Alex: Yes, it was on flat ground and there was a decent wind but nothing too substantial. I was happy with my throw of 739' but it wasn't my longest throw that day and there where a few issues with the throw. 

First off, I blew out the ground on my plant foot on that particular throw, so I lost some power on it.

Second, it hit a tree nearing the end of the flight which caused it to quickly drop hyzer. I threw maybe 8-10 warm up shots before my qualifying round and had one that was over 800'. I threw earlier in the day than Simon, so I didn't know I had beat him until that night. Honestly because of that, I didn't really think much about it.
[Jason here... I can't tell you how many times I've had a 400' throw that felt like an absolute crush... he had a throw that was DOUBLE that in his warm up session. DOUBLE a 400' throw. Dear god. Alright, I'm going to shut up now and just let you guys read the interview!]

HeavyDisc: When did you start playing disc golf?  How did you get into it?

Alex: I started playing in late 2011, progressing to leagues and my first tournament in 2012. I was introduced to disc golf by a long time friend Anthony Ulrich, the fall of my freshman year of college.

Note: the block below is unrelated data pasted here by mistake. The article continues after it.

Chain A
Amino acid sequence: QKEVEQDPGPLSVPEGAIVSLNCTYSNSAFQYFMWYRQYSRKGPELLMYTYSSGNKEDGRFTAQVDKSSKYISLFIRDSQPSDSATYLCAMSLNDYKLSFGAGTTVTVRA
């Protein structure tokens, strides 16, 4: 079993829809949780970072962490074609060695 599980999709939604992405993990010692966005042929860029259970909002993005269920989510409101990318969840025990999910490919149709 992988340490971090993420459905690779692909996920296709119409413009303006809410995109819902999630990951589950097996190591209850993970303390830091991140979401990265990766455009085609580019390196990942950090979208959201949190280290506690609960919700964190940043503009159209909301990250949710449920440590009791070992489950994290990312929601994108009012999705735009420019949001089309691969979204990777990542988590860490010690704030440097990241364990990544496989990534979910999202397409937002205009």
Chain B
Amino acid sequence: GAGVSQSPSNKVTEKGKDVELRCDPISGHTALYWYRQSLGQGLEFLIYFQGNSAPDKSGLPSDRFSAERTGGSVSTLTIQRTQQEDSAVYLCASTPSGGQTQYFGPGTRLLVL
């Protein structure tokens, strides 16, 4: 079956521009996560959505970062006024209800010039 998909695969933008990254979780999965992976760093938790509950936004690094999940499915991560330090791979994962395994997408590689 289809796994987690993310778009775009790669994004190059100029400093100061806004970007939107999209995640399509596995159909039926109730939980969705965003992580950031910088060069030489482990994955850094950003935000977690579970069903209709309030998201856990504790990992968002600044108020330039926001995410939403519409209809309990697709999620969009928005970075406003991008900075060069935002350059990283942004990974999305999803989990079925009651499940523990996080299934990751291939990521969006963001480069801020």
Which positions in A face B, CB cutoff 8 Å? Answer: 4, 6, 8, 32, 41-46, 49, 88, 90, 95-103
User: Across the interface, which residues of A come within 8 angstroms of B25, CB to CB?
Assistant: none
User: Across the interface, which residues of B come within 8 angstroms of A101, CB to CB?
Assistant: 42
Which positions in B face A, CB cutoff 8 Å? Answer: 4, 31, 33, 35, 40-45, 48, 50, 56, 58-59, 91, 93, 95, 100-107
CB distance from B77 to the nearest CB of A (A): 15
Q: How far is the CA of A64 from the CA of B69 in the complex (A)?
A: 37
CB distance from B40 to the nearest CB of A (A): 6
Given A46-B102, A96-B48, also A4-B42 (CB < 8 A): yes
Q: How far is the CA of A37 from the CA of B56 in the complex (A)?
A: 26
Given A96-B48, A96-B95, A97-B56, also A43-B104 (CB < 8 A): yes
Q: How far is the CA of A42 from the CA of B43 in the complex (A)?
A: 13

Minnesota off-season training.
HeavyDisc: Can you give us a general idea of what Minnesota courses are like? What's your home course and any local favorites?

Alex: Well, I'd like to say you can find almost every type of golf in Minnesota.

Tightly wooded courses like Kaposia, and Sportsman Hill and wide open courses like Hyland SSA and Fort Snelling. 

My home course is Alimagnet Park in Apple Valley,MN. It's a fairly short 12-hole course with a good mix of shots. Although the newer Kenwood Trails DGC is closer to my house I still consider Alimagnet to be home because it's where it all began. 

Local favorites: Kaposia, Kenwood, Blue Ribbon Pines, The Valley, and Bryant Lake

HeavyDisc: I looked through your PDGA history and it seemed like you had a short stint playing Advanced (and winning)  before jumping into Open (and ranking well very quickly).  Was tournament play something you were immediately drawn to?